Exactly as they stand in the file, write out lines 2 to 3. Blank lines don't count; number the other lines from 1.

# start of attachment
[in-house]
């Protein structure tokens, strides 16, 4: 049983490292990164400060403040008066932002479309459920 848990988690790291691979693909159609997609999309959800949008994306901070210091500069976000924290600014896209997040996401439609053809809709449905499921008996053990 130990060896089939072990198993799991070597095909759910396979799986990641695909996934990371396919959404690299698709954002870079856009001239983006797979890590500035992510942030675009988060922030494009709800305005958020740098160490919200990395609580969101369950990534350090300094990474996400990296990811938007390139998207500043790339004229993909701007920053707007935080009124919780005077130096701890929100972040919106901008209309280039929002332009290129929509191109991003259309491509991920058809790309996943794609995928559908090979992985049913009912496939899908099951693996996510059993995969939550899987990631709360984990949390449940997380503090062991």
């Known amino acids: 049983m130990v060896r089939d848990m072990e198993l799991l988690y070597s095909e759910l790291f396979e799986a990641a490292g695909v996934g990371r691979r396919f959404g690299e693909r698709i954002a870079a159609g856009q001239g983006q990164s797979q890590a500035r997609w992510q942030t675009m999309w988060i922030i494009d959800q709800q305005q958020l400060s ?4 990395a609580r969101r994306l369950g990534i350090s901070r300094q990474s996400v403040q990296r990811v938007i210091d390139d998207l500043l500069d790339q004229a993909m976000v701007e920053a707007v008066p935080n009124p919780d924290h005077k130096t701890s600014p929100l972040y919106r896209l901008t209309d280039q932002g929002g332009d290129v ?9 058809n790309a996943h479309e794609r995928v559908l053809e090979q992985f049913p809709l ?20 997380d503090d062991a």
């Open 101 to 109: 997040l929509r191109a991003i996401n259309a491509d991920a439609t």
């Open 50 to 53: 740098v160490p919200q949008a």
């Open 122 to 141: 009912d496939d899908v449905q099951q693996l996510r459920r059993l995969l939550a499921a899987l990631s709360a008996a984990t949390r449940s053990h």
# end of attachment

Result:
């Protein structure tokens, strides 16, 4: 049983490292990164400060403040008066932002479309459920 848990988690790291691979693909159609997609999309959800949008994306901070210091500069976000924290600014896209997040996401439609053809809709449905499921008996053990 130990060896089939072990198993799991070597095909759910396979799986990641695909996934990371396919959404690299698709954002870079856009001239983006797979890590500035992510942030675009988060922030494009709800305005958020740098160490919200990395609580969101369950990534350090300094990474996400990296990811938007390139998207500043790339004229993909701007920053707007935080009124919780005077130096701890929100972040919106901008209309280039929002332009290129929509191109991003259309491509991920058809790309996943794609995928559908090979992985049913009912496939899908099951693996996510059993995969939550899987990631709360984990949390449940997380503090062991």
């Known amino acids: 049983m130990v060896r089939d848990m072990e198993l799991l988690y070597s095909e759910l790291f396979e799986a990641a490292g695909v996934g990371r691979r396919f959404g690299e693909r698709i954002a870079a159609g856009q001239g983006q990164s797979q890590a500035r997609w992510q942030t675009m999309w988060i922030i494009d959800q709800q305005q958020l400060s ?4 990395a609580r969101r994306l369950g990534i350090s901070r300094q990474s996400v403040q990296r990811v938007i210091d390139d998207l500043l500069d790339q004229a993909m976000v701007e920053a707007v008066p935080n009124p919780d924290h005077k130096t701890s600014p929100l972040y919106r896209l901008t209309d280039q932002g929002g332009d290129v ?9 058809n790309a996943h479309e794609r995928v559908l053809e090979q992985f049913p809709l ?20 997380d503090d062991a």